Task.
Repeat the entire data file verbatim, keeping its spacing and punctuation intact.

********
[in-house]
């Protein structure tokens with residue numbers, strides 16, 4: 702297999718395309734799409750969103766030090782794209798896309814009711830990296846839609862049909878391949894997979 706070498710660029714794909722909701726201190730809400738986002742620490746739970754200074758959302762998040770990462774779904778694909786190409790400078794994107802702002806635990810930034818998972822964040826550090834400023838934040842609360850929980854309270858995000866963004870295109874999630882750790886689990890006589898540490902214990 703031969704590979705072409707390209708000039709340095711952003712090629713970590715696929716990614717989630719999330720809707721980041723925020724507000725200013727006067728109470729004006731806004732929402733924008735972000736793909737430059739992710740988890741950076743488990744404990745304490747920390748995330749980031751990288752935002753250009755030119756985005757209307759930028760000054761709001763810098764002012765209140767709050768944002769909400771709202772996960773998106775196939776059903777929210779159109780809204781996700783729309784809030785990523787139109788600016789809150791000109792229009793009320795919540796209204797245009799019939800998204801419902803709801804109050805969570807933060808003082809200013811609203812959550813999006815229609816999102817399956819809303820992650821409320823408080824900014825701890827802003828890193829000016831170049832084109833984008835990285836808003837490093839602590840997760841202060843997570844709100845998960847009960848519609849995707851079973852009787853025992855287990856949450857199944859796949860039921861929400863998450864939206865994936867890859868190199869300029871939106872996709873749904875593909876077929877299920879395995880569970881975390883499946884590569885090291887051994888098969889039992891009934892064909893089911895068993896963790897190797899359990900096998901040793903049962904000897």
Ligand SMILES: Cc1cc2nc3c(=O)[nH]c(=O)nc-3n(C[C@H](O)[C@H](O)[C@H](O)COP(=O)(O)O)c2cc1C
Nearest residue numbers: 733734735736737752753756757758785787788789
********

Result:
[in-house]
């Protein structure tokens with residue numbers, strides 16, 4: 702297999718395309734799409750969103766030090782794209798896309814009711830990296846839609862049909878391949894997979 706070498710660029714794909722909701726201190730809400738986002742620490746739970754200074758959302762998040770990462774779904778694909786190409790400078794994107802702002806635990810930034818998972822964040826550090834400023838934040842609360850929980854309270858995000866963004870295109874999630882750790886689990890006589898540490902214990 703031969704590979705072409707390209708000039709340095711952003712090629713970590715696929716990614717989630719999330720809707721980041723925020724507000725200013727006067728109470729004006731806004732929402733924008735972000736793909737430059739992710740988890741950076743488990744404990745304490747920390748995330749980031751990288752935002753250009755030119756985005757209307759930028760000054761709001763810098764002012765209140767709050768944002769909400771709202772996960773998106775196939776059903777929210779159109780809204781996700783729309784809030785990523787139109788600016789809150791000109792229009793009320795919540796209204797245009799019939800998204801419902803709801804109050805969570807933060808003082809200013811609203812959550813999006815229609816999102817399956819809303820992650821409320823408080824900014825701890827802003828890193829000016831170049832084109833984008835990285836808003837490093839602590840997760841202060843997570844709100845998960847009960848519609849995707851079973852009787853025992855287990856949450857199944859796949860039921861929400863998450864939206865994936867890859868190199869300029871939106872996709873749904875593909876077929877299920879395995880569970881975390883499946884590569885090291887051994888098969889039992891009934892064909893089911895068993896963790897190797899359990900096998901040793903049962904000897």
Ligand SMILES: Cc1cc2nc3c(=O)[nH]c(=O)nc-3n(C[C@H](O)[C@H](O)[C@H](O)COP(=O)(O)O)c2cc1C
Nearest residue numbers: 733734735736737752753756757758785787788789